740.00119 Council/5–2649: Telegram

The United States Delegation at the Council of Foreign Ministers to the Acting Secretary of State

top secret

Delsec 1796. For discussion with British and French we have been considering basis of a possible proposal for the administrative reunification of Berlin under a modus vivendi with Soviets (see pertinent portions tripartite delegation report to the US, UK and French Foreign Ministers1). Following are our draft recommendations:

  • “1. The Western powers should endeavor to obtain Soviet agreement to the holding of free city wide elections under four power control on the basis of the electoral procedure employed in October 1946.2
  • 2. It should be agreed that the Government to be chosen by these new elections should be a provisional government operating on the basis of the temporary constitution of August 1946.3 It is essential that all four powers agree to the suspension of article 36 of the temporary constitution and further agree to the system of controls provided for in the ‘little occupation statute,’4 amended, however, to preclude the provision in paragraph 5 that any amendment to the temporary constitution or any new constitution or legislation in the reserved fields will require the express (unanimous) approval of the allied Kommandatura.
  • 3. The tripartite agreement as to controls over Berlin5 accompanying the ‘little occupation statute’ should be amended for four power application to exclude the appeals provision making possible indefinite suspension of Kommandatura action in the event of no agreement between the occupying powers. Should any of the other governments suggest it, consideration might be given to permitting appeals to a permanent or semi-permanent coordinating body for all of Germany established in Berlin, provided such appeals, whatever action was taken upon them, would only suspend Kommandatura decisions for not more than a period of 30 days.
  • 4. The German city administration should be authorized to draft a permanent-constitution for Berlin, employing either the draft of the permanent constitution submitted to the allied Kommandatura in 1948,6 amending it, or submitting such new proposals as they deem necessary. Approval of the permanent constitution by the Kommandatura would take place by majority vote.”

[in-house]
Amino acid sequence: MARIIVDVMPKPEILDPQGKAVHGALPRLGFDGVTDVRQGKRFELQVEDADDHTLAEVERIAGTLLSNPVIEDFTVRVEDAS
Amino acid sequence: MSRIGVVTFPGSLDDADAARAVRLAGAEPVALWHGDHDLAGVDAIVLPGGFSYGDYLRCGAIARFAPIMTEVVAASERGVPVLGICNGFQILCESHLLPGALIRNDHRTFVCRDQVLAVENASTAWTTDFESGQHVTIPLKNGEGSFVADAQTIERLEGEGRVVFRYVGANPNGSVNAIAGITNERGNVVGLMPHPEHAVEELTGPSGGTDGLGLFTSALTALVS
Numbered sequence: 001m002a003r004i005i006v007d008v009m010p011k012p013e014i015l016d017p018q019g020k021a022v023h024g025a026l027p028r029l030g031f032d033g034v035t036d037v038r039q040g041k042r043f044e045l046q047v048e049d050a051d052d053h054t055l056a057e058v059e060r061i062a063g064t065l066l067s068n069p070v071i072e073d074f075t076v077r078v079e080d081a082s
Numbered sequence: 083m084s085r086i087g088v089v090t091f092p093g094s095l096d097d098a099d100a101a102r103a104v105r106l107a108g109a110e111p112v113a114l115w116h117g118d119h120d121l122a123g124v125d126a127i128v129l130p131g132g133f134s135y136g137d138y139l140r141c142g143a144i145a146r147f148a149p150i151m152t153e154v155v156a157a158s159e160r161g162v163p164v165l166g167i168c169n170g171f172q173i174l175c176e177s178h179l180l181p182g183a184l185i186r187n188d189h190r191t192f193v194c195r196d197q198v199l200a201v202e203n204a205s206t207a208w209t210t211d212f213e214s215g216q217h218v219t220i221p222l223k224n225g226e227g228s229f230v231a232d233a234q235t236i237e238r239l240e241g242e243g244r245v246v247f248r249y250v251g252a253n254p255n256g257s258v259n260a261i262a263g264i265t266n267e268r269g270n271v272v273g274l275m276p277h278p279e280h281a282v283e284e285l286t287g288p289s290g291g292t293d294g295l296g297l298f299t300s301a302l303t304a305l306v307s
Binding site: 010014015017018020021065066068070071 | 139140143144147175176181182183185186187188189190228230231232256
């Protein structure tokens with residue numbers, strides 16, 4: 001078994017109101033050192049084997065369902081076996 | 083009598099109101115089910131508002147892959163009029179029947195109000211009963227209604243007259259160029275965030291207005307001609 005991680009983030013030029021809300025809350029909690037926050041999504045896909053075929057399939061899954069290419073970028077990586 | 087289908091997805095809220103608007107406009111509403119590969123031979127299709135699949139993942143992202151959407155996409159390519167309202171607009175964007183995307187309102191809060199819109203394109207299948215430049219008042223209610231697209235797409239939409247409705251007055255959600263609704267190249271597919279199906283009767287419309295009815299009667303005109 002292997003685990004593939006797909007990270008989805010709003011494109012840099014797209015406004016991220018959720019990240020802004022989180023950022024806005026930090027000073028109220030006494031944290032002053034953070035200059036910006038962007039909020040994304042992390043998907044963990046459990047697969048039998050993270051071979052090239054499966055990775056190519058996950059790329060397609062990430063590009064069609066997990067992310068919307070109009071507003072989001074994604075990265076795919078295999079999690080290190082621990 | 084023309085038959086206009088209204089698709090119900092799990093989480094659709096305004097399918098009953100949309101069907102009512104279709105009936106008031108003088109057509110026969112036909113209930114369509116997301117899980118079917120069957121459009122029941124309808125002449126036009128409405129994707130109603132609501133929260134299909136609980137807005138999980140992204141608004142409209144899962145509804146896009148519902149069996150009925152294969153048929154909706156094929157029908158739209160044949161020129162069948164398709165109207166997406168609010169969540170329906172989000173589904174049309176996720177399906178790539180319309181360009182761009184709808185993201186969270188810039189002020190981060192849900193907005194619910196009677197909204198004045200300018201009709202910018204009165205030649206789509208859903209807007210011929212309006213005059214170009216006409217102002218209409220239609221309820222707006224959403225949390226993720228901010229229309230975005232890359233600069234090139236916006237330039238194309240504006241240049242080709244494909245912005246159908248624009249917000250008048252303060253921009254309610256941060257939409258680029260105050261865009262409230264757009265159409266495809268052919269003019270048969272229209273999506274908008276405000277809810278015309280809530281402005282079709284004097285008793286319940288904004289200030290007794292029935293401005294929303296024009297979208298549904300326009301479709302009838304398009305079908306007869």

Urgently request your views as well as those of Clay and McCloy, if obtainable. With reference to article 18, sub paragraph 4 of Berlin temporary constitution,7 would like your comments on possible amendment to state that resolution be forwarded to allied Kommandatura instead of sector military commandant.

Sent to Berlin for Riddleberger Eyes Only, repeated to the Department.

  1. Not printed; the Report to the Foreign Ministers on the Tripartite Conversations Preliminary to the Sixth Session of the Council of Foreign Ministers is in CFM Files: Lot M–88: Box 140.
  2. In the 1946 election any political party recognized in one sector of Berlin was free to campaign in all the sectors of the city.
  3. For the text of the August 1946 temporary constitution for Berlin, see Plischke, Berlin, pp. 215–229.
  4. The reference here is to the Occupation Statute for Berlin (Statement of Principles Governing the Relationship Between the Allied Kommandatura and Greater Berlin), May 14, 1949. For the text of the Statute, see Germany 1947–1949, pp. 324–326.
  5. Ante, p. 183.
  6. Not printed.
  7. This subparagraph read: “Upon a two-thirds vote of the total membership of the Bezirksverordnetenversammlung, a resolution may be forwarded to the Military Commandant of the Sector requesting dismissal of the Bezirksamt and stating that the Bezirksamt must resign immediately.” (Plischke, opcit., p. 224.)